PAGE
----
Have Questions or Comments?
Leave us some feedback and we'll reply back!

    Your Name (required)

    Your Email (required)

    Phone Number)

    In Reference to

    Your Message

    Speak Your Vues


    Dear Editor:

    In your response to this letter you point out that the shidduch resume is simply a collection of facts. However, I find that the resume is often highly curated – meaning to say it has a lot of non-factual information. Often there is misinformation and the references are often chosen to give inaccurate representations. I suggest that a date can be set up more simply and if a first date goes well, then investigations should take place.

    Mimi G

    Editor’s Note: Many people would disagree with you since money and time shouldn’t be wasted if the match wouldn’t be compatible. The resume is used as a starting point of information and the person would then move on from there.


    Dear Editor:

    Please don’t take the crazy comments about Ashkenazim and Sefardim seriously. I guess these people don’t know how to take a joke. They are probably the same type of people who create a whole scandal when Trump says something and they don’t get his sense of humor. I think Rabbi Mansour is not saying that “We are better than you.” I am Ashkenaz, by the way.

    I think you should replace the TV listings with a listing of famous yahrzeits and birthdays that happen during the week of printing. It would be interesting if you would put interesting historical facts that occurred as well. You can decide if you would print it regarding the secular dates or rather the Yiddish dates.

    Editor’s Note: That is a very interesting idea that would require time and effort to arrange. Please contact us if you are interested in being that person to take care of it.


    Dear Editor:

    Further clarification on my past two letters, because it seems you haven’t quite understood my point yet. Answering me with “there is no problem with talking about differences between minhagim” is agreeing with me. I agree, there is no problem with talking about differences in minhagim; both Ashkenazim and Sefardim have beautiful minhagim, and I wish we would talk about them more! The problem is that this is not what you did! You don’t quite seem to understand that!

    There is a problem with making fun of each other! Saying something like: The difference between us is “Passion” is not a difference in minhagim no matter what you think!

    Don’t tell me that it’s just for comedic purposes that I “need a sense of humor“. You should realize that while this is “a magazine for laymen”, it is also one meant for a Jewish family, and I for one don’t want to have my children reading such things. How can you call this a kosher magazine if it makes fun of the people who keep kosher? Just because my method of keeping Judaism is different from theirs doesn’t mean that we have to make fun of each other for it! Why are you, to quote Shifra M; trying to make it seem like “ the Ashkenazic culture is less exciting”? Would you want your children to grow up thinking that they were less than other people? We are all Jews here, and there is no reason for us to make it look like one version is better than the other. Sefardim are not better than Ashkenazim, Yemenites aren’t better than Yekis, and Chassidim aren’t better than Litvaks. There is no reason for us to publicly pretend that “the grass is greener on the other side”.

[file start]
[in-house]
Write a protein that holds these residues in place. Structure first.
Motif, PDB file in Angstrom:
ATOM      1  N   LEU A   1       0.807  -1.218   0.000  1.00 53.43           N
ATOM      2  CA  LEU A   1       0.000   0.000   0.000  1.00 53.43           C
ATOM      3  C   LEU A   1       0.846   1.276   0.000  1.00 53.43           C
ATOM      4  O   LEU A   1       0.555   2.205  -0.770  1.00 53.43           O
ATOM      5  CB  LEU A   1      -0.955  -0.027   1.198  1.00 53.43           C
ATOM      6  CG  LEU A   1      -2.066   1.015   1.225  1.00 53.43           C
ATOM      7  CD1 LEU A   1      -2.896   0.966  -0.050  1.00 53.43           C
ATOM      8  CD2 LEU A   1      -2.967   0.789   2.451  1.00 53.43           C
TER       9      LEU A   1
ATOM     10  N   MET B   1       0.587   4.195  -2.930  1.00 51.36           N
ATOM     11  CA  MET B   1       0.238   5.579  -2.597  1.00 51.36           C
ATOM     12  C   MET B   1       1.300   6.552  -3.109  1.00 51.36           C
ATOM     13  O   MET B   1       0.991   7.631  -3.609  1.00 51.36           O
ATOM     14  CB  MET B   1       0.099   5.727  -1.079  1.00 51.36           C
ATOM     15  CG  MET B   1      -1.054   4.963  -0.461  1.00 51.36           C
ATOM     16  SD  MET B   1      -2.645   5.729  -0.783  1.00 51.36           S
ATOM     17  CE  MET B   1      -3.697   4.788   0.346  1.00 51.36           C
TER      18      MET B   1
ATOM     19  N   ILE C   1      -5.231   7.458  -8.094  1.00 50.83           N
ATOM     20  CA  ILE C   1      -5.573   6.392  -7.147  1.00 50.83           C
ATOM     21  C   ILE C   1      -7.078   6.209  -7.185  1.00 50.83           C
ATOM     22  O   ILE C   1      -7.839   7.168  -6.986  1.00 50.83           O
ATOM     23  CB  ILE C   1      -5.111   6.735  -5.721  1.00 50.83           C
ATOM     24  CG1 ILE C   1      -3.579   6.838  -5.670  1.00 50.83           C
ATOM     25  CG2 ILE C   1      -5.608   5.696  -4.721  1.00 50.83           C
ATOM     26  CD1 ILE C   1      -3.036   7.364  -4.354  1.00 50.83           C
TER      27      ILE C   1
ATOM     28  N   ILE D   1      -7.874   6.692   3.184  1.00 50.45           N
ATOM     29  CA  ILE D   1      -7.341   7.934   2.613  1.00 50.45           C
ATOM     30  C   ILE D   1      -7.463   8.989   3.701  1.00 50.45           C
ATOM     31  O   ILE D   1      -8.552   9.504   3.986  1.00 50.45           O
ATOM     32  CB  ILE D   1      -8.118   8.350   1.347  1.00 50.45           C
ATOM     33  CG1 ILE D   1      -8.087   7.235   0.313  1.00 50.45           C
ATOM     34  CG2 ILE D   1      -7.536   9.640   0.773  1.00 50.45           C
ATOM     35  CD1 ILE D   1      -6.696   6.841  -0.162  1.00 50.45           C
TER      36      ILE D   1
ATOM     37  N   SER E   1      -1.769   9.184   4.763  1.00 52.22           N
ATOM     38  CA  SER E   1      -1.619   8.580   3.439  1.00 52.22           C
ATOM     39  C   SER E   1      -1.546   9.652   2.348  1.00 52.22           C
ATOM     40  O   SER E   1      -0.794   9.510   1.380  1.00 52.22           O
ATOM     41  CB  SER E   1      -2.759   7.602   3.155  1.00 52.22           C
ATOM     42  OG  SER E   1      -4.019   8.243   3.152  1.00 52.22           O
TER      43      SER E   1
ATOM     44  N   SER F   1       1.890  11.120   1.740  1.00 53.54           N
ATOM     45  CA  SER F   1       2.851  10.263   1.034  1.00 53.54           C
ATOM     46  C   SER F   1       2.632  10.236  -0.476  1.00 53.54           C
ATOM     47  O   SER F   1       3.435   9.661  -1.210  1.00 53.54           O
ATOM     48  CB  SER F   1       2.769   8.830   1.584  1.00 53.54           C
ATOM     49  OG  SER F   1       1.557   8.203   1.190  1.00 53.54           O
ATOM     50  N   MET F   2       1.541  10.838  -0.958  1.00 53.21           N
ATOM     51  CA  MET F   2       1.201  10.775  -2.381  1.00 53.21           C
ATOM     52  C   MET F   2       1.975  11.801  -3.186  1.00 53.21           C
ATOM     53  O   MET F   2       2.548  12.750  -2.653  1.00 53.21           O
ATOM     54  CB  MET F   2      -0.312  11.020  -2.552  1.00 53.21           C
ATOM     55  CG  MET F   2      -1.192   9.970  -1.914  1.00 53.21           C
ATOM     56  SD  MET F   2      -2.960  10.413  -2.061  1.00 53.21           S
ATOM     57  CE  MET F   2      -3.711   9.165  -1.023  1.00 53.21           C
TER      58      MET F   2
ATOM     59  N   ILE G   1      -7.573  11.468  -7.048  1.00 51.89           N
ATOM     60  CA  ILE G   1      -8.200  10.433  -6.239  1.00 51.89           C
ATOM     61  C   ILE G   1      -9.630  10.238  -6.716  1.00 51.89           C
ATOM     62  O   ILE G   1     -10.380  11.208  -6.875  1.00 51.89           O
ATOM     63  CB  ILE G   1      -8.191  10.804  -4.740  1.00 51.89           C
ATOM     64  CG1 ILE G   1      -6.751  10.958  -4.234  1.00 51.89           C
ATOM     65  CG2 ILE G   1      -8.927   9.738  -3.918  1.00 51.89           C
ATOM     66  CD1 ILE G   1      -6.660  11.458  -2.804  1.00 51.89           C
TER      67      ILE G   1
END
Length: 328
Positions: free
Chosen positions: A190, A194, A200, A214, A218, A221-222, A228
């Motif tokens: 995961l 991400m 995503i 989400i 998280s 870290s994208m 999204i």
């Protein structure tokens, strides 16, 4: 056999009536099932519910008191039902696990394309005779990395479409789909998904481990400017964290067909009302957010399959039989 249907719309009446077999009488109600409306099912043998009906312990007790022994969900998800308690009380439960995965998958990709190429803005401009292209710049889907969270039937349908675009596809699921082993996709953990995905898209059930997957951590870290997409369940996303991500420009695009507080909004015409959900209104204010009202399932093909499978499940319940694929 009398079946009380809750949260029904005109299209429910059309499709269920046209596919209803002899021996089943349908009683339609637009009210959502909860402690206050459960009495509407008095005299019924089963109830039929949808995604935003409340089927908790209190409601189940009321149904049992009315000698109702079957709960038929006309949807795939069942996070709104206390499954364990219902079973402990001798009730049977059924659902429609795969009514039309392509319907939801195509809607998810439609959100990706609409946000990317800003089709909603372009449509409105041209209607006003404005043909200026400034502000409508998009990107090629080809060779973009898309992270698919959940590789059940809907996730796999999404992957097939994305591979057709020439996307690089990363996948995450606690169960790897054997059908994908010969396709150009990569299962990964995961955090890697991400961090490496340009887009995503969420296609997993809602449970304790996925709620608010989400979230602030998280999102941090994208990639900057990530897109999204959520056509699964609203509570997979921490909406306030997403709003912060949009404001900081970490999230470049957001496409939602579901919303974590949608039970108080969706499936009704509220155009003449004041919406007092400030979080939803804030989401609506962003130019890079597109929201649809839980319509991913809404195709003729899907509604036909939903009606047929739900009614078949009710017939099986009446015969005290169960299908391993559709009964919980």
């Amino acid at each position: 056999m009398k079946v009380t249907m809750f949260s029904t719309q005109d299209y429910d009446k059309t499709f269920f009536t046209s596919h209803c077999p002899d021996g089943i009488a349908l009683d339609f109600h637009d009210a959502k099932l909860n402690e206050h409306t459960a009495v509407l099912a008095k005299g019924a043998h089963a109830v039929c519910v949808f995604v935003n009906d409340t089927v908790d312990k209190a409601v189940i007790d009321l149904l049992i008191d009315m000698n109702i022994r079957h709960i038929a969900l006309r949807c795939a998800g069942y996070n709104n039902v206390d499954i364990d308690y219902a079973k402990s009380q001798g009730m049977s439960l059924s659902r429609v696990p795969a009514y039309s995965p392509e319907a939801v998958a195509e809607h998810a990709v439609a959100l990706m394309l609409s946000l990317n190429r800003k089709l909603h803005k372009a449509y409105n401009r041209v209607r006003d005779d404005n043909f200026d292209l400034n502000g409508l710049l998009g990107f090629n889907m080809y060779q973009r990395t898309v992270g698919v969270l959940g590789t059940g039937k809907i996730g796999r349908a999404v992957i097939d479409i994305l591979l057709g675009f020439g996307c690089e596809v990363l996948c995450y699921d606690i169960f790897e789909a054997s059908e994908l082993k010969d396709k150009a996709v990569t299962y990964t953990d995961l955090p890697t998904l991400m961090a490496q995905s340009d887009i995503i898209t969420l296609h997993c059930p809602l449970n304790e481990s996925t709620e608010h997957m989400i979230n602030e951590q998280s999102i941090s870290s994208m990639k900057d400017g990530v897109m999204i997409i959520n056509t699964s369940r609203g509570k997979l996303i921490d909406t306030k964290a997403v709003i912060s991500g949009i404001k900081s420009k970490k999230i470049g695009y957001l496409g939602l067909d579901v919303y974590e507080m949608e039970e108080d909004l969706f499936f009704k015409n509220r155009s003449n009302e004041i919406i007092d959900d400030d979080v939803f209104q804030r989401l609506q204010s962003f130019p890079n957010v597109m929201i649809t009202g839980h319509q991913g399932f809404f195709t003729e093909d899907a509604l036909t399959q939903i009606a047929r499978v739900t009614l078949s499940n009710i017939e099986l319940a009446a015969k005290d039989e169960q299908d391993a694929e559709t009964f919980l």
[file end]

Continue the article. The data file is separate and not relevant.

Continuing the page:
Hoping that you will finally realize your mistake,

    Penina Strauss

    Editor’s Note: It seems that you were given the impression that some people expressed that certain Jewish sects are better or perceived as better than another. Everyone on the editorial board completely agrees with you.


    Dear Editor:

    I’m sure I don’t need to go into the details regarding the tuition crisis in the frum world. Suffice it to say that most frum families struggle to pay tuition for their children, and the vast majority of families receive some type of financial aid.

    In Central New Jersey, a program was implemented a few years ago, called TuitionMAX, and I believe it can be used as a model for other areas, to try and alleviate this burden.

    The program is run under the Federation of the Greater MetroWest. As such, it is not limited to Orthodox schools – it includes 2 Orthodox schools, 1 Conservative school, and 1 non-specific Jewish school.

    A generous family supplied a grant to cap the tuition that any parent pays. The percentage is based on where your gross adjusted income falls, but it ranges from 15% – 18%. So, for example, if your total household income is $150,000, your tuition will be capped at 15%, which is $22,500. It doesn’t matter if you have 3 kids or 10 kids in the school, that is what your tuition is. (If your total is less, obviously you pay less – this is a cap, not a tuition calculator).

    This has had a major impact on schools in the Central NJ area. I have friends who’ve told me that it has made things significantly easier for them. I’ve heard that people have considered having more children, because now tuition wouldn’t be as much of a financial factor. It has also attracted people to the area.

    I think we need to get the support of some of the big baalei tzedakah – Rechnitz, Herzka, and others. With their backing, a program like this can be implemented, and can alleviate a huge burden from thousands of families.

    Joel K

    Editor’s Note: I find your idea interesting since I am sure if you thought about it you would realize these gevirim are already helping the yeshivos a ton. Do you want to put a bigger burden on these gevirim? It’s easy for you to spend their money…